The second one is what you use with really close things. Try playing table-tennis with one eye wearing a patch and you will get an education.

I reckon that you have both these things in operation Geoff, and that is why you can catch a ball, which would be similar to table-tennis.

Flying, even landing, uses the first method and you sure have that too.

Your CASA types need more education. Keep on with what you are doing.

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People who've only ever had one eye seem better at distance assessing than if it's a recent change. I had a student in my early days of Instructing who only had one eye and he would consistently fly into the ground with some disturbing results. I couldn't see how that would be overcome but these days they may have better means of testing depth perception... Nev

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Once, many years ago, I played table tennis ( B grade) for the kangaroo flat club. Gosh I was surprised at how I missed the ball when wearing an eye-patch.  Otherwise, it was hard  to tell the difference.

I reckon your student may have had an additional  problem  Nev,  not that there is anything you could have done about it. Landing does not use the cross-eye angle  as much as the "apparent size" method.

Mind you, I have never had a one-eyed student, only a passenger once who I tried ( unsuccessfully ) to get to join the club. I was mainly concerned if his field of vision was too small, you would need to move your head even more I thought. Sorry but I never thought to wonder if he could land ok.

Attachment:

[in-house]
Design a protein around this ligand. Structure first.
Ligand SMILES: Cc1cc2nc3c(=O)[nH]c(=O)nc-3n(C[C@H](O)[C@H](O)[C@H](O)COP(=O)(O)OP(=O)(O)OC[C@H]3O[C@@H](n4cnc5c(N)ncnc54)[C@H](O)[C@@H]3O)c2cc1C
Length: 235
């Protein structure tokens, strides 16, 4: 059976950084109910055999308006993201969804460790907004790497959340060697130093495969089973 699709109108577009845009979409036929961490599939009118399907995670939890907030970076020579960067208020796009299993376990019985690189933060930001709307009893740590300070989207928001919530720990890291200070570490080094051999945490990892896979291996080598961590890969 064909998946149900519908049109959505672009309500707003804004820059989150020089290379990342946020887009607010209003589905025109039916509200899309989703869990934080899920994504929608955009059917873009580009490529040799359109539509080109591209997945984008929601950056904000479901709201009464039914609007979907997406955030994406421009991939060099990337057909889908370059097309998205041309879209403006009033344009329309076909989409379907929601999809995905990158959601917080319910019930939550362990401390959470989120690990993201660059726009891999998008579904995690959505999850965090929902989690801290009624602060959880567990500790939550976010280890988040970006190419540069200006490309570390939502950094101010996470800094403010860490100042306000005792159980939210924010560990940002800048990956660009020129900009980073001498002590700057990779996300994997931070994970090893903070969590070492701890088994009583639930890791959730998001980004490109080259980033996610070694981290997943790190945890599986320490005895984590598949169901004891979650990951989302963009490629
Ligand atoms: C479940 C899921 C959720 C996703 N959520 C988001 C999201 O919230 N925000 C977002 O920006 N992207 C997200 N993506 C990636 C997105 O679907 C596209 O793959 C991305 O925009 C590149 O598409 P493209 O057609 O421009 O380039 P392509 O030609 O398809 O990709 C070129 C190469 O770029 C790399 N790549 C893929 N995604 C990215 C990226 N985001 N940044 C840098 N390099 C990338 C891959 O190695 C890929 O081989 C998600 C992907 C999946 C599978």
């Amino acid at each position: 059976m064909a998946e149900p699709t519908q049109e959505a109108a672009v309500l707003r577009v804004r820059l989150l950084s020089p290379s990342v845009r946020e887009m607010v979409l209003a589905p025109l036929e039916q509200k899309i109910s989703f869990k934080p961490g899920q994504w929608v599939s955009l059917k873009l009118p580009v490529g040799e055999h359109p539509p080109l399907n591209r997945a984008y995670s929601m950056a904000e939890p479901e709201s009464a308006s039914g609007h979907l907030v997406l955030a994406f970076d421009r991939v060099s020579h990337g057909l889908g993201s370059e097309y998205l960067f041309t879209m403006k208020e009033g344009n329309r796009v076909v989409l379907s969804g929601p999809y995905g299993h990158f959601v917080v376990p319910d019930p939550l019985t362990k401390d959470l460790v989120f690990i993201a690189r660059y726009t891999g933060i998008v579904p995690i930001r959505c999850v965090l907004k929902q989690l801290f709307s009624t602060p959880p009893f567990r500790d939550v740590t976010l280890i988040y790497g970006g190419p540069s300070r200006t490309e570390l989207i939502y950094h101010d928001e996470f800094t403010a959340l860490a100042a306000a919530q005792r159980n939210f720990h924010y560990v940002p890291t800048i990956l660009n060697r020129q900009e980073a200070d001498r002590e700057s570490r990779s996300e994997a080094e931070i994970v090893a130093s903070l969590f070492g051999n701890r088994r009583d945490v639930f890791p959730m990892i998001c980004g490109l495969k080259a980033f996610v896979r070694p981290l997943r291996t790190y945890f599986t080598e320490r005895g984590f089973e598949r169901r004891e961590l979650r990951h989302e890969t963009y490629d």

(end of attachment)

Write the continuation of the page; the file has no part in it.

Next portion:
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He was quite young and seemed to cope with most things in normal life. I like to think I don't scare easily, but he'd just not flare. We put in a fair bit of time and no improvement so the cost became a factor with no progress being evident. I know that people who  are long time with one eye do better. I certainly don't go around corners on a motorbike well with one eye closed. There should be some research available by now I would think.  Nev

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On 25/11/2022 at 7:51 PM, Bruce Tuncks said:

No lenses supplied here....  anyway, I use the 1.5 magnifiers from the cheapo shop. They used to cost me 3.99 dollars. Probably gone up now.

BUT the cataracts were done by a good guy and now I can see the leaves in the trees and other planes in the sky. Best operation ever.

this post makes me wonder if what is being discussed here could have been a factor in the glider collision a couple of weeks back.

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Once, I was taking a hang-glider guy for a passenger flight in  glider. On tow, I let him have a go on the controls cos he seemed so good. In my recollection, I only took my eyes off the tug for a second to look around for other gliders etc. When I looked back, NO TUG! in panic, I looked around to find we ( the glider and tug ) were formating wing-tip to wing-tip. ( about 1500 ft ).

I sure learned a hard lesson from that... you never assume too much I learned.

But was not that glider collision the result of them entering cloud?

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31 minutes ago, Bruce Tuncks said:

Once, I was taking a hang-glider guy for a passenger flight in  glider. On tow, I let him have a go on the controls cos he seemed so good. In my recollection, I only took my eyes off the tug for a second to look around for other gliders etc. When I looked back, NO TUG! in panic, I looked around to find we ( the glider and tug ) were formating wing-tip to wing-tip. ( about 1500 ft ).

I sure learned a hard lesson from that... you never assume too much I learned.

But was not that glider collision the result of them entering cloud?

it was just a thought, its hard enough to see another plane with perfect vision.